AMES, Iowa -- Iowa State University's first named professorship in materials science and engineering might lead to safer jet engines.
The Alan and Julie Renken Professorship in Materials Science and Engineering was presented to Brian Gleeson, an Iowa State professor of materials science and engineering, during installation ceremonies on Friday, April 28.
Gleeson said the professorship will help support his work to develop new alloys and coatings that can withstand high temperatures. The professorship will also support student training, scientific advancement and patents that could be licensed to industry.
Gleeson leads a research team that won a prestigious 2005 R&D 100 Award for developing coating compositions made from a platinum-modified, nickel and aluminum alloy that help turbine blades resist the heat of jet engines.
"I am truly humbled and honored by being selected as the first recipient of the Alan and Julie Renken Professorship," Gleeson said. "The funds generously provided by Al and Julie Renken in association with this professorship will allow me the opportunity to explore ideas that may have been left in the 'if-only' basket. This is a luxury that I will not only treasure, but it is also something that I will take very seriously."
Alan Renken grew up on a northwest Iowa farm and graduated from Iowa State in 1967 with a degree in engineering operations. He took a job at Alcoa's Davenport facility and worked 36 years for the company, moving up to posts as company vice president and president of primary metals. He retired from Alcoa in 2003. The Renkens divide their time between Naples, Fla., and Okoboji, Iowa.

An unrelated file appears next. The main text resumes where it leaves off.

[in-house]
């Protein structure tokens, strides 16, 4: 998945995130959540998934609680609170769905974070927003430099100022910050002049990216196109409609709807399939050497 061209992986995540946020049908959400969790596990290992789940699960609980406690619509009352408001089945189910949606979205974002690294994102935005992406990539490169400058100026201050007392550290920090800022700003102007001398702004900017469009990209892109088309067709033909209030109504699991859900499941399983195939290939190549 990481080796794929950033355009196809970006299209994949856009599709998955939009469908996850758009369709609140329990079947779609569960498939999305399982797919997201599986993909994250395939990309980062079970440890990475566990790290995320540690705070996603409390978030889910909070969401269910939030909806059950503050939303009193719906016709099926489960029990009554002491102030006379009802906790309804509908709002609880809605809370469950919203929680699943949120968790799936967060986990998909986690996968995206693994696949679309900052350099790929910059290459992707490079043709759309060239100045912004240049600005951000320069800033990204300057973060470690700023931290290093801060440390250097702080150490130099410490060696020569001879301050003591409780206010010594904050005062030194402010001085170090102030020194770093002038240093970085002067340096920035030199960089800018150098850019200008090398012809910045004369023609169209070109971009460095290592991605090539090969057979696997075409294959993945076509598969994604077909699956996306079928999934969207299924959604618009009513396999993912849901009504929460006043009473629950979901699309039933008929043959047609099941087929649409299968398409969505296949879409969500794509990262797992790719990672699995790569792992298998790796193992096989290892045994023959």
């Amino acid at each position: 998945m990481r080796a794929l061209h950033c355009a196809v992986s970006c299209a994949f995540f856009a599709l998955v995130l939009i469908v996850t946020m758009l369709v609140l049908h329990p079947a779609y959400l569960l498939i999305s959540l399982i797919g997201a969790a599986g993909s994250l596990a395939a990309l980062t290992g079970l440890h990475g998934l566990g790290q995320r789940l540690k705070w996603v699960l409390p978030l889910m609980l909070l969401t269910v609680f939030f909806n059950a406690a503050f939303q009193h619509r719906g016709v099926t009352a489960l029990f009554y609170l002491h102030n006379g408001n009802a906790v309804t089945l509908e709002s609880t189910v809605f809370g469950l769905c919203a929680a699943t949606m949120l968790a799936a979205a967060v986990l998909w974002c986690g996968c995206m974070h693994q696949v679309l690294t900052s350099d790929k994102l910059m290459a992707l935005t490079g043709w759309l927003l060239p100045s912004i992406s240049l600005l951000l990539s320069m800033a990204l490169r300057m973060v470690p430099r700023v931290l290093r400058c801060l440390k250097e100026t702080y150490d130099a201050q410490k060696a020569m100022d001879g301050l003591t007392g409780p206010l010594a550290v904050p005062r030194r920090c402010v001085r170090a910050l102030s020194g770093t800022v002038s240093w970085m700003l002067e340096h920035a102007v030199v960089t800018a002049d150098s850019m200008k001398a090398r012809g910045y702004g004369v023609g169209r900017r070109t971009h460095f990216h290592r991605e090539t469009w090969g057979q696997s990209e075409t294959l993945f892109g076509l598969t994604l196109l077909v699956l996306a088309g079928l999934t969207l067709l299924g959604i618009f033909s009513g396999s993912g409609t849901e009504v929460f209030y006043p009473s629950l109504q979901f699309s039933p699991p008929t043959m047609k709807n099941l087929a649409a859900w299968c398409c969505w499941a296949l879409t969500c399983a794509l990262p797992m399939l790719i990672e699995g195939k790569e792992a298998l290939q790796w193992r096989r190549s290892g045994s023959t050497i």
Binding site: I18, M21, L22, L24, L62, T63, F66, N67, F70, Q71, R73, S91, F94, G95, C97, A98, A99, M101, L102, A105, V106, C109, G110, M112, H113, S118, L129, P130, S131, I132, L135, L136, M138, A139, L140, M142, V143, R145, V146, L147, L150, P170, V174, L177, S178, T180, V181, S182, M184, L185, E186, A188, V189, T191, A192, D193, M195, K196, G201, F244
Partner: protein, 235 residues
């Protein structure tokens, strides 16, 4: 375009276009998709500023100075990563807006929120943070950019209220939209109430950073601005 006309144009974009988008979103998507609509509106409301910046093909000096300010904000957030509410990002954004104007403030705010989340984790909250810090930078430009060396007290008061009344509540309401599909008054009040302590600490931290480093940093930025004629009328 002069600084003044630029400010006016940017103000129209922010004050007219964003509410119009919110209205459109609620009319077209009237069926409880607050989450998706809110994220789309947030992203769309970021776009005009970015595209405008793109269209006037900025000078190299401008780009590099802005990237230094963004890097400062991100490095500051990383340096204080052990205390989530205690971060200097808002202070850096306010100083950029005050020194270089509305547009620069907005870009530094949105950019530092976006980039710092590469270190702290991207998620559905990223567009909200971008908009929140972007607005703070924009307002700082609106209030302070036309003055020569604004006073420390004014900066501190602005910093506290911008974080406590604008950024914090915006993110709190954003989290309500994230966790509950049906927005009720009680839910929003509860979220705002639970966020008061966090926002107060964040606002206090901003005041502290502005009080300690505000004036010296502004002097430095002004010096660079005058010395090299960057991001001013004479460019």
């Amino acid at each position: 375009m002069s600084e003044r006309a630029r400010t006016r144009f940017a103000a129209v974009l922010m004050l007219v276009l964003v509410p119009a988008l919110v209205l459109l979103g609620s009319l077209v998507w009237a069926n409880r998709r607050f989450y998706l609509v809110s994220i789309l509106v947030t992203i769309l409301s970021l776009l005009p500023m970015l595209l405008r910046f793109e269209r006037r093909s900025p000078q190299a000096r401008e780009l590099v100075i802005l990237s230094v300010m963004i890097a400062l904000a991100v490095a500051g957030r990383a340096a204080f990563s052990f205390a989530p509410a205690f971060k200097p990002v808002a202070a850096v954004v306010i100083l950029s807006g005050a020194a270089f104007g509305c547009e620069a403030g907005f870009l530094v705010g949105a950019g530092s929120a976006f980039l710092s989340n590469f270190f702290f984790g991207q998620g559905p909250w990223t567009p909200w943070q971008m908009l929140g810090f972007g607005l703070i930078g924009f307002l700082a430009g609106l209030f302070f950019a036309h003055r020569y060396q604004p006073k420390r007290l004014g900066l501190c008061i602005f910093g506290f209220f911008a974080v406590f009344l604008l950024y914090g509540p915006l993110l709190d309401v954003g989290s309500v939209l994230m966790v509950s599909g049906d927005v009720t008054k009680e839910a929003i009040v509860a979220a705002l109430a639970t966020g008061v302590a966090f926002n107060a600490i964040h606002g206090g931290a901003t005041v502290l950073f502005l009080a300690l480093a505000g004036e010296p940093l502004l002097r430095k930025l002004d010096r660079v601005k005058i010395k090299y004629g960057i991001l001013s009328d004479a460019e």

Mufit Akinc, professor and chair of materials science and engineering, said the Renken commitment will be a big boost to the department as it celebrates its centennial this year.
"This is something that I've been waiting to have for so long," Akinc said. "It's like a dream come true."
Akinc said named professorships help retain the best faculty and advance their research.
In the case of the Renken Professorship, he said the commitment will provide extra funding for Gleeson's work to protect materials at high temperatures from degradation. One of the benefits for travelers around the world could be jet engines that last longer and are more reliable.
Endowed faculty positions allow Iowa State and the College of Engineering to recruit and retain world-class leaders by providing the highest level of faculty recognition. Endowed positions help support course development, graduate assistants, laboratory equipment, salary enhancements, professional development and research projects. These opportunities ultimately enhance course and curriculum development, which improves the educational experience for students.